Blog Post:In a previous post, I described custom link tracking, its various uses, and implementation techniques. Link tracking is awesome because it opens up a wide variety of data points and user experience aspects that can't always be tracked on page loads. But everything hinges on the s.tl() function, which is part of the SiteCatalyst JavaScript code base. What happens if your users don't have JavaScript enabled? This is very rare among desktop web users, but with the mobile web only gaining momentum, it's an important question. How can we measure user actions if we don't have the s.tl() function available to us? If mobile web measurement is important to your online business initiatives, then you've probably already seen the Mobile Device Reporting guide. This document shows how you can use a hard-coded (although perhaps dynamically generated server-side) image request like the one shown below to pass page view data into SiteCatalyst even when the user doesn't have JavaScript available. <img src="http://metrics.yoursite.com/b/ss/gainesweb/5/54781023478?gn=Mobile%20Home&g=http%3A%2F%2Fm.mysite.com%2Findex.html&ch=Home&c1=Mobile%20Traffic&ev=event1&v0=mobile_campaign" /> This would count a page view for "Mobile Home" (gn= is the same as pageName=; mobile implementations allow you to substitute shorter parameter names), and a click-through for the "mobile_campaign" tracking code. You'll do something very similar to implement link tracking on mobile sites, but you will instead use an anchor tag, where the href (destination URL) property is the Omniture image URL. Here's an example, with the elements just mentioned in red: <a href="http://metrics.yoursite.com/b/ss/gainesweb/5.4/REDIR/?url=http%3A%2F%2Fm.mysite.com%2Fdestination_page.html&ev=event2&v5=link%20click&pe=lnk_o&pev1=D=url&pev2=mobile%20link%20click" /> There are a few important differences between this example and the one given above. As explained, we're using an anchor tag rather than an image tag. There is a /REDIR/ element at a specific point in the path. There is a url= query parameter, the value of which is the destination URL for the page that we want the user to end up viewing after clicking the link. And all of the standard link tracking parameters (pe=, pev1=, and pev2) are present. Note that we're using one of the coolest features of SiteCatalyst mobile measurement—"dynamic" variables (indicated by "=D=url")—to set the pev1= parameter equal to the page URL. This can save tons of characters in your request URL! This will send all of the data in this image request to SiteCatalyst, and then it will take the user to the URL given in the url= parameter. As shown above, for example, an instance of event2 will be counted. The value "mobile link click" will show up in the Custom Links report. Had I wanted to do so, I could've set props, eVars, or the products variable. It captures everything that you want to measure regarding the user action, just like a normal, JavaScript-based request. It then redirects the user to the URL given in the url= parameter, so that to the end user, it behaves just like a normal link. UPDATE (9 Feb 2015): Adobe now enforces a whitelist on domains for redirects. This means that in order to use the feature described in this post, you must first clear the redirect domains with Adobe. More information on this process can be found in "Exit Link Tracking Redirects" in the Adobe Analytics online documentation.  You'll want to set the link tracking parameters correctly, so here is a table showing what they represent: ParameterDefinitionPossible/example values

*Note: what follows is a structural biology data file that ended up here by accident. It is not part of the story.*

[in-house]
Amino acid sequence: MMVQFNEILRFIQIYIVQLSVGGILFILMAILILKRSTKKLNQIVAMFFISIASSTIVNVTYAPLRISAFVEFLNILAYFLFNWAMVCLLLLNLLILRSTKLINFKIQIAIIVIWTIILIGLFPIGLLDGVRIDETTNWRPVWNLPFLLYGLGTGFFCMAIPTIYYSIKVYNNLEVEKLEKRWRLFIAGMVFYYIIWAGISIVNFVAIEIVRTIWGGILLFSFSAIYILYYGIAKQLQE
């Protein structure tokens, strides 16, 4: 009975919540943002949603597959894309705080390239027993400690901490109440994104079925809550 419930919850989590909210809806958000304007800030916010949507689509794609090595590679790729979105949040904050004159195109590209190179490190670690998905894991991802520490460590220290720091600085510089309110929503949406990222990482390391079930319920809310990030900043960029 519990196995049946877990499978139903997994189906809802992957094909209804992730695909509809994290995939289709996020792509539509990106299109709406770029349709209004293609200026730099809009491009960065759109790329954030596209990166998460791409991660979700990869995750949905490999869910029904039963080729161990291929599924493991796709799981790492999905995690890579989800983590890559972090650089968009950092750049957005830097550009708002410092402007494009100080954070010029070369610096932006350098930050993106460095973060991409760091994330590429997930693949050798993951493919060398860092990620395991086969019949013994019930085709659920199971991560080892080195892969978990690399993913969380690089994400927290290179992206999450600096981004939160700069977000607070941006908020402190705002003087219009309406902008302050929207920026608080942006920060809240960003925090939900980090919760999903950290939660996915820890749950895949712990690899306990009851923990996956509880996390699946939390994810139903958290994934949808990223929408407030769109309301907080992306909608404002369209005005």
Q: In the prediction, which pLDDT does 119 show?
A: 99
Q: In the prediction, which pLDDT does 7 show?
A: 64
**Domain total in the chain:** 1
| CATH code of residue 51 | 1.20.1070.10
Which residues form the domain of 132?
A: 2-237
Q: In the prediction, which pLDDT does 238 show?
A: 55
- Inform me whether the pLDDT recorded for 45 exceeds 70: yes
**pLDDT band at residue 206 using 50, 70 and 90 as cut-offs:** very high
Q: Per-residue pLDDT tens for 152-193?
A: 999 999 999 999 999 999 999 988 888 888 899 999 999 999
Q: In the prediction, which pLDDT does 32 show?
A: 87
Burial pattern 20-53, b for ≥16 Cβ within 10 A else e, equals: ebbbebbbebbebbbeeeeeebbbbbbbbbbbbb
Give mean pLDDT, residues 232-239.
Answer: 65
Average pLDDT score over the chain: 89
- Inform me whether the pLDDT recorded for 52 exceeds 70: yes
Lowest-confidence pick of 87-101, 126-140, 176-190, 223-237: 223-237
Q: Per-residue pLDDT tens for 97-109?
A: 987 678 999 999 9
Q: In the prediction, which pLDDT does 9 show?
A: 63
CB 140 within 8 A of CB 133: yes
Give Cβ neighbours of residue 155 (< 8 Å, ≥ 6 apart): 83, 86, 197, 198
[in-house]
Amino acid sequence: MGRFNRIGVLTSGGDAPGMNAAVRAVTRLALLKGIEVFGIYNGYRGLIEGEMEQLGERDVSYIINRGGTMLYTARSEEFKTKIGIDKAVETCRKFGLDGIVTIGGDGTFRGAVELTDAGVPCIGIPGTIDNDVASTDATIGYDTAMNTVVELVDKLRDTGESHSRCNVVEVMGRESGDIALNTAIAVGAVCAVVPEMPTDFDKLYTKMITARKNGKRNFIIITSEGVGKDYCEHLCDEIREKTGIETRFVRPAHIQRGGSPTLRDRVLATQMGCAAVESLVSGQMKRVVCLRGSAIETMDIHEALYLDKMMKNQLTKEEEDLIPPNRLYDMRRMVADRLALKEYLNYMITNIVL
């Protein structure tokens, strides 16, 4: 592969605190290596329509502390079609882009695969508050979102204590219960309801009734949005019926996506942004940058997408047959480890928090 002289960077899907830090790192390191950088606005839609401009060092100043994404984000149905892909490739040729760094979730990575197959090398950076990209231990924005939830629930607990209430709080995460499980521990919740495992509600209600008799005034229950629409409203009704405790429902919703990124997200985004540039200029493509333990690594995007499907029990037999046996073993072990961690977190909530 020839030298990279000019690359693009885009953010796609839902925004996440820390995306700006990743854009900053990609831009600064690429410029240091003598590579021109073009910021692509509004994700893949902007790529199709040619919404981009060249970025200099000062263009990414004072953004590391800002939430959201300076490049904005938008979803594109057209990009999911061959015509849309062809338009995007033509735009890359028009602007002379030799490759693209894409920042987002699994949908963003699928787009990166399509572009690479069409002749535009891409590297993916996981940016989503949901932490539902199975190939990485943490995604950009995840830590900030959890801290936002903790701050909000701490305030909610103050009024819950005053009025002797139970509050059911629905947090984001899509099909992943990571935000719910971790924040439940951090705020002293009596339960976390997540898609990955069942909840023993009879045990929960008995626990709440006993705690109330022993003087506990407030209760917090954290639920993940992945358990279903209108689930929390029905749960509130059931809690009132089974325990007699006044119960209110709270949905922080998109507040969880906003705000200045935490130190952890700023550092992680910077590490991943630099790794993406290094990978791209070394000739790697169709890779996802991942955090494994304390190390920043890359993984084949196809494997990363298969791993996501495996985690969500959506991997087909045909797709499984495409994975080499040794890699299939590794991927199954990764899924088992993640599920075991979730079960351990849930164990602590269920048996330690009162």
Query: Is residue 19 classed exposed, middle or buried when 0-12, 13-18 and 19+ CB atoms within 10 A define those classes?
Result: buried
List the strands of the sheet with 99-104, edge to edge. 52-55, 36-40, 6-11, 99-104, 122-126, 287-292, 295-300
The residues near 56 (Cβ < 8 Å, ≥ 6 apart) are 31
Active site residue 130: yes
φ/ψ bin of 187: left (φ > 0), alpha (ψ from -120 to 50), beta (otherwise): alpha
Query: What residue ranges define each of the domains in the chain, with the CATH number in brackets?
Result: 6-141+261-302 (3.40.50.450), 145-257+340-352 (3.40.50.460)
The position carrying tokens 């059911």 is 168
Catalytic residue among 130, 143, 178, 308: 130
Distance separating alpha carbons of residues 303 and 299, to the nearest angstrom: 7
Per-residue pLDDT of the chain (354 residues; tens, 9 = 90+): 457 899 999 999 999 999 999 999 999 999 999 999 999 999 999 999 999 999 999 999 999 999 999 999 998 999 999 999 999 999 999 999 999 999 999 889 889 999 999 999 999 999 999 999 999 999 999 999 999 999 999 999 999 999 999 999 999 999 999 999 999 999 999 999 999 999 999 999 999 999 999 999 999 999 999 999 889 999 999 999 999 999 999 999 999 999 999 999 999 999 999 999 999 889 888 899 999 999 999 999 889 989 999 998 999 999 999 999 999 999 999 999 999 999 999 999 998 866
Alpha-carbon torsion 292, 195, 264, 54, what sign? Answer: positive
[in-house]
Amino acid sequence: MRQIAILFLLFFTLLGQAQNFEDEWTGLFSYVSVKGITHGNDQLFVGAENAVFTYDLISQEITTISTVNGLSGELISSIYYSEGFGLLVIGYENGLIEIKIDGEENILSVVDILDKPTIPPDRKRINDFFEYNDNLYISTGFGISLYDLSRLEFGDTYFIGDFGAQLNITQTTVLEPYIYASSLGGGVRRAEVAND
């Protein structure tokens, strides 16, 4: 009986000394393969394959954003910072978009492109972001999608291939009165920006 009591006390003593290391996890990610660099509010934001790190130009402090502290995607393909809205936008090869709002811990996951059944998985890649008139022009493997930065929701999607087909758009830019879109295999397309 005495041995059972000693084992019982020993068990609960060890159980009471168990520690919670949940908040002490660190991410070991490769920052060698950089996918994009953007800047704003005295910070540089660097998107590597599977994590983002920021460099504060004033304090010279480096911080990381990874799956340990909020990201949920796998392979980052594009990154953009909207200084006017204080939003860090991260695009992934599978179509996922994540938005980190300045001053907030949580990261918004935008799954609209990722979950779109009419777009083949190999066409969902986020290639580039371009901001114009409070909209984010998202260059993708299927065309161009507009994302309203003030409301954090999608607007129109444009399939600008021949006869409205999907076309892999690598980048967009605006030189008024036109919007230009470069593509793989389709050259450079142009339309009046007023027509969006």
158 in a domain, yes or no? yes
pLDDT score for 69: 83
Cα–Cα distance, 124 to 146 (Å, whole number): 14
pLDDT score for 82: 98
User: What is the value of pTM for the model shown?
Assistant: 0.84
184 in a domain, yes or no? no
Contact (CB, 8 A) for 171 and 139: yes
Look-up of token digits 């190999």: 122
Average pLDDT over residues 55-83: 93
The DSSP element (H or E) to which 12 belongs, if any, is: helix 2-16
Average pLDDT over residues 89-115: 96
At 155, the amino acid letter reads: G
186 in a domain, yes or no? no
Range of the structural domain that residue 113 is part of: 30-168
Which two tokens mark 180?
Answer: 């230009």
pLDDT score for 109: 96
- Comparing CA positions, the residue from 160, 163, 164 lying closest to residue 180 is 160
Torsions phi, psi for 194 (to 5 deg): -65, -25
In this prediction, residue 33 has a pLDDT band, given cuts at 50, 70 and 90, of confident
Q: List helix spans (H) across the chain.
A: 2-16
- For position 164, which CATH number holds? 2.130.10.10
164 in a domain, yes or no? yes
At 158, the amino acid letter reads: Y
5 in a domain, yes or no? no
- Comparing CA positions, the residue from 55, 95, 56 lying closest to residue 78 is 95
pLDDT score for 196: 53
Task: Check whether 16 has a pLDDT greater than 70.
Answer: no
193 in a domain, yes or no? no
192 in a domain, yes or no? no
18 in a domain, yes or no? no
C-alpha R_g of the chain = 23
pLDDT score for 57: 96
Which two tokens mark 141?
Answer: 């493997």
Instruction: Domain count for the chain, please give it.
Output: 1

pe= Type of user action lnk_o for custom links/general lnk_d for file downloads lnk_e for exit links
pev1= Destination URL Any destination URL http%3A//m.mysite.com/some_url.html http%3A//mobile.yoursite.co.uk
pev2= Link Friendly Name (displays in Custom Links report) Custom Value My Link
A few final notes:
  1. Make sure to put the url= parameter first in a mobile link tracking tag. This ensures that the user is correctly redirected even if the mobile device truncates the request of the request URL.
  2. We don’t need a random number in the link tracking request, since we aren’t concerned about the link getting cached (as we typically are when receiving an image).
  3. Using 5.4 in the beacon ensures that the visitor ID method order stays consistent if using /5/ for the standard page view beacons. (See the Mobile Device Reporting guide for more information on this.)
  4. The pev2= parameter isn’t strictly necessary. It may be omitted in these requests; the pev1= value (the link URL) will display in reports instead.
  5. Using first-party cookies is strongly recommended for mobile implementations and will make the link URLs much friendlier; I used them in the examples above ("metrics.yoursite.com"). If you are not using first-party cookies, simply replace "metrics.yoursite.com" in the examples above with "[your namespace].[112 or 122].2o7.net."
There you have it. Make sure you refer back to my post on link tracking if you have any questions about the concept or value of what I've described here. One final tip: As you may have noticed in the examples in this post, I URL encoded everything (e.g., %20 instead of a space). Make sure to do this when implementing mobile web measurement in SiteCatalyst; it will ensure that your data looks exactly the way you want it to look! Questions? Concerns? Applause? Please feel free to contact me by leaving a comment on this post, or via Twitter or FriendFeed. I'd love to hear from you!
Author: Date Created:July 22, 2009 Date Published: Headline:Measuring mobile user actions in SiteCatalyst Social Counts: Keywords: Publisher:Adobe Image:https://blogs.adobe.com/digitalmarketing/wp-content/uploads/no-image/no-image.jpg